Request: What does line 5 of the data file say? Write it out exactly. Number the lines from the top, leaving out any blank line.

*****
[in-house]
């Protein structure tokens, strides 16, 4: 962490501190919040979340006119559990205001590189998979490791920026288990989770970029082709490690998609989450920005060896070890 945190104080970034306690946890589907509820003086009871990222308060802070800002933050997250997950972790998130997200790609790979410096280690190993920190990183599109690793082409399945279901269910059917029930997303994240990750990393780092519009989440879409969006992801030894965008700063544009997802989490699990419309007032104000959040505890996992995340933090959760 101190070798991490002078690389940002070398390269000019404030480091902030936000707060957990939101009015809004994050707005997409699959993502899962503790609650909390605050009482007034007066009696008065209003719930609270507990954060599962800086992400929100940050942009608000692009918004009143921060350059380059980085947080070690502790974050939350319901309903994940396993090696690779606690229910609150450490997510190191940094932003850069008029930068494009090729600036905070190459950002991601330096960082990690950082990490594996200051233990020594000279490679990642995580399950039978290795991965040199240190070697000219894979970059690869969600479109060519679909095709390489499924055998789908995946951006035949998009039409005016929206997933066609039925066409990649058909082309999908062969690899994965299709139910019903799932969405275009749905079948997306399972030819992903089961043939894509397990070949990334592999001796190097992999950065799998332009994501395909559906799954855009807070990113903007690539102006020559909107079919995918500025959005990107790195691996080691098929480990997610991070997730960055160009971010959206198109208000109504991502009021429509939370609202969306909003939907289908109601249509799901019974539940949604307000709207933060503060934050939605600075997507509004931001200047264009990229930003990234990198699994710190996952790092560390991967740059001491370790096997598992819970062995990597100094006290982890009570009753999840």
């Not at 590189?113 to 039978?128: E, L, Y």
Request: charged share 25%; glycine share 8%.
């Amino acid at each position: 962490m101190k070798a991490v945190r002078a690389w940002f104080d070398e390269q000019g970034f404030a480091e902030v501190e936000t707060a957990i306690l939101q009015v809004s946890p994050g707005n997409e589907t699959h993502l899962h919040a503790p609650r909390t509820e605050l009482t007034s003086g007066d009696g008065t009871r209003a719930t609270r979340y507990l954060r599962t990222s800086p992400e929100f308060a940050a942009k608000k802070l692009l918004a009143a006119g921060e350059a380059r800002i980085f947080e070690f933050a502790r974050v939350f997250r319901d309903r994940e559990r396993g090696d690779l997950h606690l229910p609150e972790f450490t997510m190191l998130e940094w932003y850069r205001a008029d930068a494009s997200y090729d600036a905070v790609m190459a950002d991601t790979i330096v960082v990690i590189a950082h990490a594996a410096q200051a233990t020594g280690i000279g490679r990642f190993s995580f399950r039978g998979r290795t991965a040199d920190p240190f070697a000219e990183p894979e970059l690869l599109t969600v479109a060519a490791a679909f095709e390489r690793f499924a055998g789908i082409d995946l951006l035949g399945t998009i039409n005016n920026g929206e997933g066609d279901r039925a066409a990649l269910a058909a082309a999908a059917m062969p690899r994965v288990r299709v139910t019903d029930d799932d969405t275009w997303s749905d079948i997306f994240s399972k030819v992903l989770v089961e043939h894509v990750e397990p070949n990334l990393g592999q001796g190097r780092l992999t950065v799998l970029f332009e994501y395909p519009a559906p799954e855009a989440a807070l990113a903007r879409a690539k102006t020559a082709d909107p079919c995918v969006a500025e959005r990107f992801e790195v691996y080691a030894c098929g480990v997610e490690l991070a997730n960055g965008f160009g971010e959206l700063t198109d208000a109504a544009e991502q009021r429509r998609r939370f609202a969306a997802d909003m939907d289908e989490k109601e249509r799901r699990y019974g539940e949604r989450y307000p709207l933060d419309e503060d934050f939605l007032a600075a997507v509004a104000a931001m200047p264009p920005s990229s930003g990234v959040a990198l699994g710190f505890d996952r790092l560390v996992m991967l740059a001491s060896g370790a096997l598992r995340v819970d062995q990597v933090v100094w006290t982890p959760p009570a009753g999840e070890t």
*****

């Amino acid at each position: 962490m101190k070798a991490v945190r002078a690389w940002f104080d070398e390269q000019g970034f404030a480091e902030v501190e936000t707060a957990i306690l939101q009015v809004s946890p994050g707005n997409e589907t699959h993502l899962h919040a503790p609650r909390t509820e605050l009482t007034s003086g007066d009696g008065t009871r209003a719930t609270r979340y507990l954060r599962t990222s800086p992400e929100f308060a940050a942009k608000k802070l692009l918004a009143a006119g921060e350059a380059r800002i980085f947080e070690f933050a502790r974050v939350f997250r319901d309903r994940e559990r396993g090696d690779l997950h606690l229910p609150e972790f450490t997510m190191l998130e940094w932003y850069r205001a008029d930068a494009s997200y090729d600036a905070v790609m190459a950002d991601t790979i330096v960082v990690i590189a950082h990490a594996a410096q200051a233990t020594g280690i000279g490679r990642f190993s995580f399950r039978g998979r290795t991965a040199d920190p240190f070697a000219e990183p894979e970059l690869l599109t969600v479109a060519a490791a679909f095709e390489r690793f499924a055998g789908i082409d995946l951006l035949g399945t998009i039409n005016n920026g929206e997933g066609d279901r039925a066409a990649l269910a058909a082309a999908a059917m062969p690899r994965v288990r299709v139910t019903d029930d799932d969405t275009w997303s749905d079948i997306f994240s399972k030819v992903l989770v089961e043939h894509v990750e397990p070949n990334l990393g592999q001796g190097r780092l992999t950065v799998l970029f332009e994501y395909p519009a559906p799954e855009a989440a807070l990113a903007r879409a690539k102006t020559a082709d909107p079919c995918v969006a500025e959005r990107f992801e790195v691996y080691a030894c098929g480990v997610e490690l991070a997730n960055g965008f160009g971010e959206l700063t198109d208000a109504a544009e991502q009021r429509r998609r939370f609202a969306a997802d909003m939907d289908e989490k109601e249509r799901r699990y019974g539940e949604r989450y307000p709207l933060d419309e503060d934050f939605l007032a600075a997507v509004a104000a931001m200047p264009p920005s990229s930003g990234v959040a990198l699994g710190f505890d996952r790092l560390v996992m991967l740059a001491s060896g370790a096997l598992r995340v819970d062995q990597v933090v100094w006290t982890p959760p009570a009753g999840e070890t």